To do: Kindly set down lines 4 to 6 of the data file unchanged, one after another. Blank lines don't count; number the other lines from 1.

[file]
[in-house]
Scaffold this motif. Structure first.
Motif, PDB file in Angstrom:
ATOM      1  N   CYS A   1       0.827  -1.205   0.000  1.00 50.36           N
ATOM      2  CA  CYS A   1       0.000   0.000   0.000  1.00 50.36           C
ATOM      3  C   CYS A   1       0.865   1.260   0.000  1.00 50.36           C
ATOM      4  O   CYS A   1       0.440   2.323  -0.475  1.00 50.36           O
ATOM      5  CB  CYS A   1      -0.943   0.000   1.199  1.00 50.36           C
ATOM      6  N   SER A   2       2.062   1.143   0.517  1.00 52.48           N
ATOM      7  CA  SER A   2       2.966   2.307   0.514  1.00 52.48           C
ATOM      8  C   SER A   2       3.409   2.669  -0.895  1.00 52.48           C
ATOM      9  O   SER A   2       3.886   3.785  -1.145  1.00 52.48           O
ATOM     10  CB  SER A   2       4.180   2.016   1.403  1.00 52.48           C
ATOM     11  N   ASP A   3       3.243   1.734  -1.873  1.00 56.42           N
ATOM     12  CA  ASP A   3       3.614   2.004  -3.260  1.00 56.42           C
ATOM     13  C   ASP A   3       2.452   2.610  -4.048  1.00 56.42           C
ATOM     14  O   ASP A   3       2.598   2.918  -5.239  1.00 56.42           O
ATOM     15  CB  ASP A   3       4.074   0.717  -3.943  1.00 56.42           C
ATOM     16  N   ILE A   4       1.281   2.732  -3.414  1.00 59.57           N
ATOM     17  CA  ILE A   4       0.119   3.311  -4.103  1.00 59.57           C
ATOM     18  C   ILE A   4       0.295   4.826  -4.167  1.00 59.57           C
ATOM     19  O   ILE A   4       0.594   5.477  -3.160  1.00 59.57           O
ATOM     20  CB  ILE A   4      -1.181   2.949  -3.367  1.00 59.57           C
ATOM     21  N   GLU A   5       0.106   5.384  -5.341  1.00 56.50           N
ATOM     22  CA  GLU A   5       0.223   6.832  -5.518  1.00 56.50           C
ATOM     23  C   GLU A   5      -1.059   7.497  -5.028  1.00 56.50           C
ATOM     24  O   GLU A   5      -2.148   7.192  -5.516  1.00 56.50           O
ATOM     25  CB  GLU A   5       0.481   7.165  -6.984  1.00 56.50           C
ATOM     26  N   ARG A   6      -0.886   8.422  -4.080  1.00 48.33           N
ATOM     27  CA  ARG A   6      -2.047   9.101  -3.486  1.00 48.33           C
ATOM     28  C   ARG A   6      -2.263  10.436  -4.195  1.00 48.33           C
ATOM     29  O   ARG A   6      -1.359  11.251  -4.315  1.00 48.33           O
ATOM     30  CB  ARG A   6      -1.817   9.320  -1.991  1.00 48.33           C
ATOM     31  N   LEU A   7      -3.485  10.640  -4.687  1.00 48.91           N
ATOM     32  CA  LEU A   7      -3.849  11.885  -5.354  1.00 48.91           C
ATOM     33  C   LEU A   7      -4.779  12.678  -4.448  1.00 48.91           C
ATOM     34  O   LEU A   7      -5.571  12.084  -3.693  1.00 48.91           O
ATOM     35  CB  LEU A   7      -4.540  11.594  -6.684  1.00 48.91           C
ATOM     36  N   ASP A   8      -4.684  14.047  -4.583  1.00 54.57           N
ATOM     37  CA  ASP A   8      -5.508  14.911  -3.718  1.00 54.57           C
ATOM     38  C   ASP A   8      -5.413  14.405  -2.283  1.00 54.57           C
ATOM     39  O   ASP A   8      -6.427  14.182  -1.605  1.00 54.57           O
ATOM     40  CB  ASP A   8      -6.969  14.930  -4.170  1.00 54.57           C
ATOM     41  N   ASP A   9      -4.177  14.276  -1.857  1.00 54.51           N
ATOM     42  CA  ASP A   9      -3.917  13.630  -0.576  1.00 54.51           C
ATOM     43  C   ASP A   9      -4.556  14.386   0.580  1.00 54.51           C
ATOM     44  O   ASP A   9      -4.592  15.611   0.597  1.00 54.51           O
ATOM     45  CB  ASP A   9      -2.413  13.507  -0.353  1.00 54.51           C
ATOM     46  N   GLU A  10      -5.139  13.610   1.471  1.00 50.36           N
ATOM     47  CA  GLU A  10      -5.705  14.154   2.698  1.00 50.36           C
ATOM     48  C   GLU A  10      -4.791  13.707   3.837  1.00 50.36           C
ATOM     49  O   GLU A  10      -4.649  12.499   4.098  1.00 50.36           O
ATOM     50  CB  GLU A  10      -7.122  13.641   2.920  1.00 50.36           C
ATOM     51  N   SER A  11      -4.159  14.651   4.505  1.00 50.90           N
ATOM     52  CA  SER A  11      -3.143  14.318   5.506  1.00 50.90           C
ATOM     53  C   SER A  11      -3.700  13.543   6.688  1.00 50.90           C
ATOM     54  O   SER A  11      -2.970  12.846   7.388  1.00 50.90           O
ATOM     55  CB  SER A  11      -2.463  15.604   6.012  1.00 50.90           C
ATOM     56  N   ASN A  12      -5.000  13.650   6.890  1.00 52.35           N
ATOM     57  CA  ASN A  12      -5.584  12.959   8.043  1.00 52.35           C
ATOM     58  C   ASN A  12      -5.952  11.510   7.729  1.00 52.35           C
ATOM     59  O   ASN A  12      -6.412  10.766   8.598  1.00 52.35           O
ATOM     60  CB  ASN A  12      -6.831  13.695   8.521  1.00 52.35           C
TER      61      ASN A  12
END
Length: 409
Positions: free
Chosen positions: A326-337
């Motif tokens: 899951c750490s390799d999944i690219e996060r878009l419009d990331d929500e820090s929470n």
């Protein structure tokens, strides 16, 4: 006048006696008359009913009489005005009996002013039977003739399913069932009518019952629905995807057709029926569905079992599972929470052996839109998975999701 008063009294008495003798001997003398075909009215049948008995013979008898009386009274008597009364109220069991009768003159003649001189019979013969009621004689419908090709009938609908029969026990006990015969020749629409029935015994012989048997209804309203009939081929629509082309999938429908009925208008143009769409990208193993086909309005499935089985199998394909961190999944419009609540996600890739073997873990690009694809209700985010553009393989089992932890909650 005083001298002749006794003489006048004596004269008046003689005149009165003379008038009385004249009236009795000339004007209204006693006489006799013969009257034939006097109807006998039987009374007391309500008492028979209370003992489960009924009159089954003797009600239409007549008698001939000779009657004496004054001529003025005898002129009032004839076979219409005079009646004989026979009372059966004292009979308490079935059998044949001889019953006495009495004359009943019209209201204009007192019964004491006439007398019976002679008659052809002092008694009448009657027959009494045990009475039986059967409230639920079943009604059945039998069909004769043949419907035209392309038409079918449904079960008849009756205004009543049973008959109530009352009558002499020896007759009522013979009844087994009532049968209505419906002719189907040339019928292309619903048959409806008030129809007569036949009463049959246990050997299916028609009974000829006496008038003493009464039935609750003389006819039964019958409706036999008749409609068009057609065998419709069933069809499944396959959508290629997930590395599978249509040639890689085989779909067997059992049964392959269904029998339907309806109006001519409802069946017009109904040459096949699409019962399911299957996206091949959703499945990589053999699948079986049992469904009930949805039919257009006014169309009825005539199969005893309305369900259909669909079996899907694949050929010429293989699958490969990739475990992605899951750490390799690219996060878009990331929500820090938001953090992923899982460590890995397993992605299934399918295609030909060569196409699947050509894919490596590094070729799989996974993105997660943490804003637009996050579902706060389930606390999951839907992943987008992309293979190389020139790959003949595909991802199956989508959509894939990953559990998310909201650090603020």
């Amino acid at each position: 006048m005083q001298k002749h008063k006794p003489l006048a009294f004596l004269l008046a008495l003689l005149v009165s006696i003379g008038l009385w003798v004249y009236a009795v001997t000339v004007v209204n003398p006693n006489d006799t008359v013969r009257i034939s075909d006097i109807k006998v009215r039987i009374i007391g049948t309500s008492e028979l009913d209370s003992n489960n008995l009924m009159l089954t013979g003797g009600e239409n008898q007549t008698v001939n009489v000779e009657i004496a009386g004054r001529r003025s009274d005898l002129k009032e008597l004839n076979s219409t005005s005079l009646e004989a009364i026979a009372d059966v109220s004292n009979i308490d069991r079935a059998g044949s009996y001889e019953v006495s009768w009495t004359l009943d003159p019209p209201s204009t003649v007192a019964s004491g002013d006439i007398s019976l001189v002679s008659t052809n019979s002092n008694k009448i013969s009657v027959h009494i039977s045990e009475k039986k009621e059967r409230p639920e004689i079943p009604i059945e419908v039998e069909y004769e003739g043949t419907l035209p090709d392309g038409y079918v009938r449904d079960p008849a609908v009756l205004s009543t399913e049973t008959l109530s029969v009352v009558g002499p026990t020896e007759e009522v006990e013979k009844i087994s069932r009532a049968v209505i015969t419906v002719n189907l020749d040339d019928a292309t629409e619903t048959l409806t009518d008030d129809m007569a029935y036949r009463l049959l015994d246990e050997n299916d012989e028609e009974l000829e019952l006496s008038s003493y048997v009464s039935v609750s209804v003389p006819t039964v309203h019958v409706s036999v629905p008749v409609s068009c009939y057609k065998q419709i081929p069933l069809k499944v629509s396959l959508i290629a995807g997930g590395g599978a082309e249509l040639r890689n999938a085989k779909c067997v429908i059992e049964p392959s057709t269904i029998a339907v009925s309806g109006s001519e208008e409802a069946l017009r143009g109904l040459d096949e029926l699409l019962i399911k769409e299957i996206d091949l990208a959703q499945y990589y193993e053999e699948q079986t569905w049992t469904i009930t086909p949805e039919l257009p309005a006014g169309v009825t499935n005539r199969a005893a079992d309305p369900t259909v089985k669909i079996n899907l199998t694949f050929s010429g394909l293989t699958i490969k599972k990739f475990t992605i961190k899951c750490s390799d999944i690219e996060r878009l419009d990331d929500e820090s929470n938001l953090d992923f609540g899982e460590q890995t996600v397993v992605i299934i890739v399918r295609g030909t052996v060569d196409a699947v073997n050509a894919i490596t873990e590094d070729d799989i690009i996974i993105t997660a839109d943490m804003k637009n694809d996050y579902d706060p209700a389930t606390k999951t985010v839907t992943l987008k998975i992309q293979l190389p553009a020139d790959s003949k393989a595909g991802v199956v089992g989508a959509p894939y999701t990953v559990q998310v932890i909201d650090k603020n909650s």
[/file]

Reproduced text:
ATOM      1  N   CYS A   1       0.827  -1.205   0.000  1.00 50.36           N
ATOM      2  CA  CYS A   1       0.000   0.000   0.000  1.00 50.36           C
ATOM      3  C   CYS A   1       0.865   1.260   0.000  1.00 50.36           C